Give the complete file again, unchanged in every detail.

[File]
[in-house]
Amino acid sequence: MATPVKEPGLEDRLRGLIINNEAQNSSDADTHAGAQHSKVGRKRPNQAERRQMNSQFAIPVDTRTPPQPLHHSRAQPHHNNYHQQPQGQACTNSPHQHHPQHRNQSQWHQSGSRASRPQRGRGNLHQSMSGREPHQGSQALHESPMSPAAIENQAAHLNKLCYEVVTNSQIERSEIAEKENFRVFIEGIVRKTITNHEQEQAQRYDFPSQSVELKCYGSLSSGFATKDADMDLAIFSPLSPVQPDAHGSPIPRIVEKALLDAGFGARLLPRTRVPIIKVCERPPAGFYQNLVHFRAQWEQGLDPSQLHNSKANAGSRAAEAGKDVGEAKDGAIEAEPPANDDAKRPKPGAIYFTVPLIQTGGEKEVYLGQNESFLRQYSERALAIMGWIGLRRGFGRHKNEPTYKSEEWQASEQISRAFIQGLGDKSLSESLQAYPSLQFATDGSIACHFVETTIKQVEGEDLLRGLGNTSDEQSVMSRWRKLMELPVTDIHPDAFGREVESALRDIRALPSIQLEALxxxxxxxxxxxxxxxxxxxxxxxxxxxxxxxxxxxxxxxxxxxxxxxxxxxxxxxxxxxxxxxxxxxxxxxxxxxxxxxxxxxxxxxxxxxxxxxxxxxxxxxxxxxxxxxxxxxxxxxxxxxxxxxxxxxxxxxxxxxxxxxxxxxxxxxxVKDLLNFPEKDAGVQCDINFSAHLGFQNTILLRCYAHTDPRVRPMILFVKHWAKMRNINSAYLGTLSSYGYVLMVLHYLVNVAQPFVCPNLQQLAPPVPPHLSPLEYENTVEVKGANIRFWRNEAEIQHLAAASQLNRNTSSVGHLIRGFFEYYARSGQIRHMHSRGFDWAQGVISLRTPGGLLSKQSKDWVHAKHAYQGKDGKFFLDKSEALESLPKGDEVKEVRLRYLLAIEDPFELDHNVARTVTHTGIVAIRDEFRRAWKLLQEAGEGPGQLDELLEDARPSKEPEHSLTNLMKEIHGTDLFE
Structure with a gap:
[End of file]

[in-house]
Amino acid sequence: MATPVKEPGLEDRLRGLIINNEAQNSSDADTHAGAQHSKVGRKRPNQAERRQMNSQFAIPVDTRTPPQPLHHSRAQPHHNNYHQQPQGQACTNSPHQHHPQHRNQSQWHQSGSRASRPQRGRGNLHQSMSGREPHQGSQALHESPMSPAAIENQAAHLNKLCYEVVTNSQIERSEIAEKENFRVFIEGIVRKTITNHEQEQAQRYDFPSQSVELKCYGSLSSGFATKDADMDLAIFSPLSPVQPDAHGSPIPRIVEKALLDAGFGARLLPRTRVPIIKVCERPPAGFYQNLVHFRAQWEQGLDPSQLHNSKANAGSRAAEAGKDVGEAKDGAIEAEPPANDDAKRPKPGAIYFTVPLIQTGGEKEVYLGQNESFLRQYSERALAIMGWIGLRRGFGRHKNEPTYKSEEWQASEQISRAFIQGLGDKSLSESLQAYPSLQFATDGSIACHFVETTIKQVEGEDLLRGLGNTSDEQSVMSRWRKLMELPVTDIHPDAFGREVESALRDIRALPSIQLEALxxxxxxxxxxxxxxxxxxxxxxxxxxxxxxxxxxxxxxxxxxxxxxxxxxxxxxxxxxxxxxxxxxxxxxxxxxxxxxxxxxxxxxxxxxxxxxxxxxxxxxxxxxxxxxxxxxxxxxxxxxxxxxxxxxxxxxxxxxxxxxxxxxxxxxxxVKDLLNFPEKDAGVQCDINFSAHLGFQNTILLRCYAHTDPRVRPMILFVKHWAKMRNINSAYLGTLSSYGYVLMVLHYLVNVAQPFVCPNLQQLAPPVPPHLSPLEYENTVEVKGANIRFWRNEAEIQHLAAASQLNRNTSSVGHLIRGFFEYYARSGQIRHMHSRGFDWAQGVISLRTPGGLLSKQSKDWVHAKHAYQGKDGKFFLDKSEALESLPKGDEVKEVRLRYLLAIEDPFELDHNVARTVTHTGIVAIRDEFRRAWKLLQEAGEGPGQLDELLEDARPSKEPEHSLTNLMKEIHGTDLFE
Structure with a gap: